[Squonk] is rather famous in the world of repurposed routers, having reverse engineered the TL-WR703N wireless router from TP-Link a few years ago. With that knowledge, he’s developed an open platform for Things on the Internet called Domino. It’s pretty much exactly what you would get by cracking open a router bought on AliBaba, only in a much more convenient package with many more pins broken out.
The Domino builds on [Squonk]’s reverse engineering efforts of the TP-Link TL-WR703N wireless router, the router that has stolen the thunder from the Linksys WRT54G for all those sweet, sweet, embedded hacks. Both the 703N and the Domino are built around the Atheros AR9331. While the router version of this chipset only breaks out a few GPIOs and other interesting pins, the Domino breaks out just about everything – GPIO, JTAG, I2S, UART, SPI, USB, and Ethernet can be found on the device.
The basic Domino can hopefully be had with a $25 pledge to the Kickstarter campaign. That’s a little less than the normal price for a WR-703N, and if you’re putting a router in a hat it might be worth your while. There are a few advanced versions that include an ATMega32u4 microcontroller, making it compatible with the Arduino Yun as well.
Low-cost wireless routers are a dime a dozen these days — but what happens if you need to flash the firmware? Normally you’d have to solder in a serial connection in order to access it, but [Luka Mustafa] had another idea — pogo-pins!
It’s actually quite easy to make a small PCB with pogo-pins and then use a 3D printed bracket or alignment jig in order to make connection. They currently only have designs for a few TP-Links (WR740 and WR741ND) on their GitHub, but more will be added soon. They’ve also included instructions on how to restore firmware on any of these devices with their handy-dandy pogo-pin PCB.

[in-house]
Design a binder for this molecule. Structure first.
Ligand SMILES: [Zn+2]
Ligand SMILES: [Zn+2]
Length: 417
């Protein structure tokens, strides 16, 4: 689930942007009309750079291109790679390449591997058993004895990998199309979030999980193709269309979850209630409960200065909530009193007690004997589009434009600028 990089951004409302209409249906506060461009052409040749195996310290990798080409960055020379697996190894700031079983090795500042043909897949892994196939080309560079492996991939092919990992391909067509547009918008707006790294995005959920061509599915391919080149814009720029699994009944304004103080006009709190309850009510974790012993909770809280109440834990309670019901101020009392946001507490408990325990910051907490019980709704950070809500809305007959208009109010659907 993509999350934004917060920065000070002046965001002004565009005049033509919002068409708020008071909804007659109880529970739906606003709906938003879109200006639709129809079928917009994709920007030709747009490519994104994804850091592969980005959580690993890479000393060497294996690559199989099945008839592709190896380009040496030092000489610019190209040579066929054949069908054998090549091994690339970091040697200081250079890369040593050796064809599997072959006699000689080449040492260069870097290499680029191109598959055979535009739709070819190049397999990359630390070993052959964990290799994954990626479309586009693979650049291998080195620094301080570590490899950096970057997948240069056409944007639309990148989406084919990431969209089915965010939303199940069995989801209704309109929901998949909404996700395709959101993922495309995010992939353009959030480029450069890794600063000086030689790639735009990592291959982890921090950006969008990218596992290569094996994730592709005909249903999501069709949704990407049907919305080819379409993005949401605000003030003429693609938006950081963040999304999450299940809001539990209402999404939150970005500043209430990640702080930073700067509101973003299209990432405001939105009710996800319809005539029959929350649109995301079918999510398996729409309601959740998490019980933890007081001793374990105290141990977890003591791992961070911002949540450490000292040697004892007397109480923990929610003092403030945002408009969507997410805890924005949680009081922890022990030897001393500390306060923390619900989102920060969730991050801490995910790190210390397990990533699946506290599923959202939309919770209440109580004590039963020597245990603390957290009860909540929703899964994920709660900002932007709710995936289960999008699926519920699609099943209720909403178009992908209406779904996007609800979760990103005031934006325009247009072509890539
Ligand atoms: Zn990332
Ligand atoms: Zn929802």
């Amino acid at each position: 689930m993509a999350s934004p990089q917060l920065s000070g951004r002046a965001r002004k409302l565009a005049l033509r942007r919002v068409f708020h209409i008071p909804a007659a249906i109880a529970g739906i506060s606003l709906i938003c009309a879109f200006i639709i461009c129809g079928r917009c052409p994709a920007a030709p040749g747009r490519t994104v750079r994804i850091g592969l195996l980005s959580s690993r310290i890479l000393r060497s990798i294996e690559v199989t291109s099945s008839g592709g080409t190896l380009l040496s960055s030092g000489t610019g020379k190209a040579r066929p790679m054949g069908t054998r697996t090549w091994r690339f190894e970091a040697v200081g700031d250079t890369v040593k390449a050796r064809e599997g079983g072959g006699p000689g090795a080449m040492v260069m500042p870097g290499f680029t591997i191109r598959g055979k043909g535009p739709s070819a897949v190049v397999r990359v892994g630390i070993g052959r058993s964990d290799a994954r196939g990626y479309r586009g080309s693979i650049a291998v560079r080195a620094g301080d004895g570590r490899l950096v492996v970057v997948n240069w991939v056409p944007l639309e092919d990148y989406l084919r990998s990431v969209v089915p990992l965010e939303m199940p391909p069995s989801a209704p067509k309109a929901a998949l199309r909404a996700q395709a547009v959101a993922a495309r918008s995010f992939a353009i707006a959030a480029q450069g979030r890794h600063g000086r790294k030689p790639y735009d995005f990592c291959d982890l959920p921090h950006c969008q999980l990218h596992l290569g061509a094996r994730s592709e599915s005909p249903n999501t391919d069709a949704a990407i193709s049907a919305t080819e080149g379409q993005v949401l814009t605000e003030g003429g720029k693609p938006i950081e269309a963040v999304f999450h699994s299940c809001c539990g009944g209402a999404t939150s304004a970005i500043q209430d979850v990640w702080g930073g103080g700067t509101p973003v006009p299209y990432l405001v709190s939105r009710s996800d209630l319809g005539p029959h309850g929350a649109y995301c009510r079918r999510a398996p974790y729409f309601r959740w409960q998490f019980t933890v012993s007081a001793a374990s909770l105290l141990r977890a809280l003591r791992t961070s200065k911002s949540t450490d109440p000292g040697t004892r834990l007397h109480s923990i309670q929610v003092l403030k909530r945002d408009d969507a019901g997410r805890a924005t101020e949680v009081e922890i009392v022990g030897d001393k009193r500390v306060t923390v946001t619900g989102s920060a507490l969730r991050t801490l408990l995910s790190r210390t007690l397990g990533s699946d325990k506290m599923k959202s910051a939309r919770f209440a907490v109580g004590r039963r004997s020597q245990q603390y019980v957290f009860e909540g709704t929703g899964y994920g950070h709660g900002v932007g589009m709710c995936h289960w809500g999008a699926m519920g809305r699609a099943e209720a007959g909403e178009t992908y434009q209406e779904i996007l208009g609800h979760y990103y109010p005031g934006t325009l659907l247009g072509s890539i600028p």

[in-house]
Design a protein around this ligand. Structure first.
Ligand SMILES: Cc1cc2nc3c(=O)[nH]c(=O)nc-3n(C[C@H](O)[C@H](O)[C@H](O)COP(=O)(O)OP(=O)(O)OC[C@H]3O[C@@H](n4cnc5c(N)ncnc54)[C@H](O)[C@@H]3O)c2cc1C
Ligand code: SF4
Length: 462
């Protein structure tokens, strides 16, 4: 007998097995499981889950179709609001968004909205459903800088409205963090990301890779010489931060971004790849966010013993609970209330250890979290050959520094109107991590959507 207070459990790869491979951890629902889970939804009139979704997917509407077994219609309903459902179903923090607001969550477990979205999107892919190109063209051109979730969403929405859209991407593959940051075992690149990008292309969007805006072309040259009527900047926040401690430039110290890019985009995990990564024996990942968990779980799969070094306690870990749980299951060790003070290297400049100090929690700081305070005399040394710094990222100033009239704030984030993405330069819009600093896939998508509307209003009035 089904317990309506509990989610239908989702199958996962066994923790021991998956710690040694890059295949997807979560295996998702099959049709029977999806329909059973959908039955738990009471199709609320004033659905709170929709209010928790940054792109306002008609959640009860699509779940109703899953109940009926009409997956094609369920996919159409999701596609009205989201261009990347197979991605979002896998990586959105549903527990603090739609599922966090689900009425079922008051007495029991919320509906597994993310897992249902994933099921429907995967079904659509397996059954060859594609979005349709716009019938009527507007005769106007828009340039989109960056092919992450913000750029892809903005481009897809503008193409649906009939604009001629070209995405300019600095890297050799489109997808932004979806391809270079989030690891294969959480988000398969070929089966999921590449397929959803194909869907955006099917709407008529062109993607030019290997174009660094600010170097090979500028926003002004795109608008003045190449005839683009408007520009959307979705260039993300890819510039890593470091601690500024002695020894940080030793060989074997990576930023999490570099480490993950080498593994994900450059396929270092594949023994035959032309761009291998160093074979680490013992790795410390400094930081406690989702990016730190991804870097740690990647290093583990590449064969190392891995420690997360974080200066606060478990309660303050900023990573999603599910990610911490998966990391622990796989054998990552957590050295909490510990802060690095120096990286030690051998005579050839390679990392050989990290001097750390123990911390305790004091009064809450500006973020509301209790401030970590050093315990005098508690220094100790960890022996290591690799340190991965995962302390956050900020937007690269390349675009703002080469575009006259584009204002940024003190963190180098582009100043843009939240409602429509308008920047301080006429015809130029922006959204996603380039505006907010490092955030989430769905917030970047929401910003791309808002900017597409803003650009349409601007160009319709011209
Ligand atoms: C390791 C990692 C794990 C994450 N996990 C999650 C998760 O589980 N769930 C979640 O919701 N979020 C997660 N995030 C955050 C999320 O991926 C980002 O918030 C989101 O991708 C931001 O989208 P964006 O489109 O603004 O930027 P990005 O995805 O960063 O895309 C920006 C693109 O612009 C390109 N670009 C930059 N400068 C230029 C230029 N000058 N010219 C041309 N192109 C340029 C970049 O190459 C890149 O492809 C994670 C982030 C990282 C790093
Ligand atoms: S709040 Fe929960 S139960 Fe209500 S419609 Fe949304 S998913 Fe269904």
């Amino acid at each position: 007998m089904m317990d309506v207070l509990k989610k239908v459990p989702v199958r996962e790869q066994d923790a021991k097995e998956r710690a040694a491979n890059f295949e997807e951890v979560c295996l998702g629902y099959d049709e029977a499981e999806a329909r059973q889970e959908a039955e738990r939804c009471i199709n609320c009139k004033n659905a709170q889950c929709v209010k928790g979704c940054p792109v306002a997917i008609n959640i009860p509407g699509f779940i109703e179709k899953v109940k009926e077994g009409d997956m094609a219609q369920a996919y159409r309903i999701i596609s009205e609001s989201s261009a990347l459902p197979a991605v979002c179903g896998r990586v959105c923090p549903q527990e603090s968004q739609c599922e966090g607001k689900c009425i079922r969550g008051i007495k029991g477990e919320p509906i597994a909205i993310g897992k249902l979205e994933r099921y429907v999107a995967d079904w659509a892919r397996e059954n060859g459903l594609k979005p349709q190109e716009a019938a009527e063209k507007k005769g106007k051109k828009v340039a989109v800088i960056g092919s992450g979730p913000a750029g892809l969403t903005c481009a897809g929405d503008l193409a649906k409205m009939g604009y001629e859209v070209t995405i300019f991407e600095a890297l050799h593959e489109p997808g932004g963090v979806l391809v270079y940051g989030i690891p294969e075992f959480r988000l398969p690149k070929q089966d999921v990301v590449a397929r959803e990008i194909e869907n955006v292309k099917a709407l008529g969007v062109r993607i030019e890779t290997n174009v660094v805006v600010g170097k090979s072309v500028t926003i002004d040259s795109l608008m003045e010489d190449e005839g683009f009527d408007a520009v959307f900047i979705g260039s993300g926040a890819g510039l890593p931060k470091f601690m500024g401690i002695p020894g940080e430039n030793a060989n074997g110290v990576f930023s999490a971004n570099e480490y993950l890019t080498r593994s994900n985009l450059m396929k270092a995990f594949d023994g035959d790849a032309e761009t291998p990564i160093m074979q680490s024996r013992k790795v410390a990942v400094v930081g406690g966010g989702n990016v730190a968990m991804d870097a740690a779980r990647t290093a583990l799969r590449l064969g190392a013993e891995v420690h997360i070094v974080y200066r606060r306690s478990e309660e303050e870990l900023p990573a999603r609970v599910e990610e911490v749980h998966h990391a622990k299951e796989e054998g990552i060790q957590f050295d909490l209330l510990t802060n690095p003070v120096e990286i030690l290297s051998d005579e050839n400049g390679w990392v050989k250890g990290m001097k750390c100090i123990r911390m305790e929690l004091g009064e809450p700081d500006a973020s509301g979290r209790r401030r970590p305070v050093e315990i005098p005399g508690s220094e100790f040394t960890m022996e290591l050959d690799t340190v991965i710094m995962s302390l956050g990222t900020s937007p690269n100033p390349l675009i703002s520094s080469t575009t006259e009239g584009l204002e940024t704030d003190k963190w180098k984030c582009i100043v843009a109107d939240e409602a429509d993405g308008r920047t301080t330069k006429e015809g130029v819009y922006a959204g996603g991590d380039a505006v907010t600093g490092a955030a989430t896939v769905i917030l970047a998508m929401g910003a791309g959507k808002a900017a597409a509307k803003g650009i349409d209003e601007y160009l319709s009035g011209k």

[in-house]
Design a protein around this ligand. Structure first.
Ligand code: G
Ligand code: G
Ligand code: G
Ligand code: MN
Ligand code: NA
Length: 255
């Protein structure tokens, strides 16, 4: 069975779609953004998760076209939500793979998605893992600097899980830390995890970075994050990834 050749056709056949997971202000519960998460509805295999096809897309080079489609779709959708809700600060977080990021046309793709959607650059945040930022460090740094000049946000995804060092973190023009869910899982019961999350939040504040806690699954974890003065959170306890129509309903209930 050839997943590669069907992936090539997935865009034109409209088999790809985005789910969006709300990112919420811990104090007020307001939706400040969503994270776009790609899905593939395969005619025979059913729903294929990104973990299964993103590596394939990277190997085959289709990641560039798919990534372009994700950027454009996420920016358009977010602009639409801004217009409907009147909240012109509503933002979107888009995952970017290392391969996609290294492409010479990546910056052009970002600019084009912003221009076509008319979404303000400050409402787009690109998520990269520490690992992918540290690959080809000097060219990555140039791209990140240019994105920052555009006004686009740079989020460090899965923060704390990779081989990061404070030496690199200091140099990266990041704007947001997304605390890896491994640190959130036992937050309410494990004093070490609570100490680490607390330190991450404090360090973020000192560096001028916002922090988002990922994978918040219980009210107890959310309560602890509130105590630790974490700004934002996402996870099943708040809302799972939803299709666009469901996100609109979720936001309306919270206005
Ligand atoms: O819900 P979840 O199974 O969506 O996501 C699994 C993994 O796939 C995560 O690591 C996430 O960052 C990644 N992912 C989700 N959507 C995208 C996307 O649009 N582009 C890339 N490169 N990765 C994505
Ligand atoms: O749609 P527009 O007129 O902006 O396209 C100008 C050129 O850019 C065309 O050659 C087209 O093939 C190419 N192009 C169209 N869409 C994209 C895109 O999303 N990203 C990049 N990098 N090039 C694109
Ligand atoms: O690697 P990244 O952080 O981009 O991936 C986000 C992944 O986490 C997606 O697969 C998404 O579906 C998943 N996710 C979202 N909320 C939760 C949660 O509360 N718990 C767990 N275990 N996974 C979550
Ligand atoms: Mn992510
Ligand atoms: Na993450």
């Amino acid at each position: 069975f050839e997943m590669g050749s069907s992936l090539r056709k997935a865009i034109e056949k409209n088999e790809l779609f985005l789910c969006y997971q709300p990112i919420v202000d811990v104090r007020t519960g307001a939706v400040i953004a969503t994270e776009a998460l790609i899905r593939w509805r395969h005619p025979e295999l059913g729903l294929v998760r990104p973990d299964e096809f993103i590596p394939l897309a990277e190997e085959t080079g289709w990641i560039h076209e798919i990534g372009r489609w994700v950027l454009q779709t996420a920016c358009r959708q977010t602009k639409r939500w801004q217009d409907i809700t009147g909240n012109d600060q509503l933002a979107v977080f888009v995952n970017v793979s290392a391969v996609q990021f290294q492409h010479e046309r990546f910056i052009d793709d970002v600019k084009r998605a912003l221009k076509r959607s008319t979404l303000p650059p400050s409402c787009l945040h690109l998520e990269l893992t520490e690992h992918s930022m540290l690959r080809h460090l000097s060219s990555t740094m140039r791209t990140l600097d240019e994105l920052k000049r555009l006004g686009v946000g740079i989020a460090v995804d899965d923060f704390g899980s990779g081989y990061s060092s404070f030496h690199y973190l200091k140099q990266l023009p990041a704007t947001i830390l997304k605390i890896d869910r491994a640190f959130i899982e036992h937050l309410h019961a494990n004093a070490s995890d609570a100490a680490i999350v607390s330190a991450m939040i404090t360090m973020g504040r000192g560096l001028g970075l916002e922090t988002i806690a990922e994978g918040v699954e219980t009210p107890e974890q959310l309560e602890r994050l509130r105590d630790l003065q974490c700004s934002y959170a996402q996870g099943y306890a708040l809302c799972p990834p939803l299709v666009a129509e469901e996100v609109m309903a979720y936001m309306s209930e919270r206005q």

[Luka] is one of the guys behind IRNAS (the acronym is in Slovenian), a non-profit open-source company that makes lots of cool projects. They believe in open-source and sharing technology in order to empower the world.
And if you’ve royally bricked your router it could be possible to unbrick it with a Raspberry Pi!
The cost of an Ethernet shield for an Arduino isn’t horrible; generally between $17 and $32 depending on which one you buy. But have you seen the cost of a WiFi shield? Those are running North of $70! [Martin Melchior] has a solution that provides your choice of Ethernet or WiFi at a low-cost and it’ll work for most applications. He’s using a WiFi router as an Arduino Internet shield.
This is the TP-Link WR703N which has been very popular with hackers because of its combination of low price (easy to find at $25 or less) and many features: the USB is super hand and, well, it’s a WiFi router! The Arduino Pro Mini shown dead-bug style is talking to the router using its serial port. [Martin] wires a pin socket to the router, which makes the rest of assembly as easy as plugging the two together. The rest of his post deals with handling bi-directional communications with Arduino code.
If you really just need that direct Ethernet pipe consider building an ENC28J60 chip into your designs.
The members of Shackspace continue to put up impressive hacks based around the tiny TP-Link routers. This time around [Timm] has shoehorned a DALI controller inside the router case. This is a protocol we don’t remember hearing about before. The Digital Addressable Lighting Interface is a control network for commercial lighting. That way people responsible for taking care of large buildings can shut off all the lights at night (to name just one use). The new room at Shackspace has this style of controllers in its lights.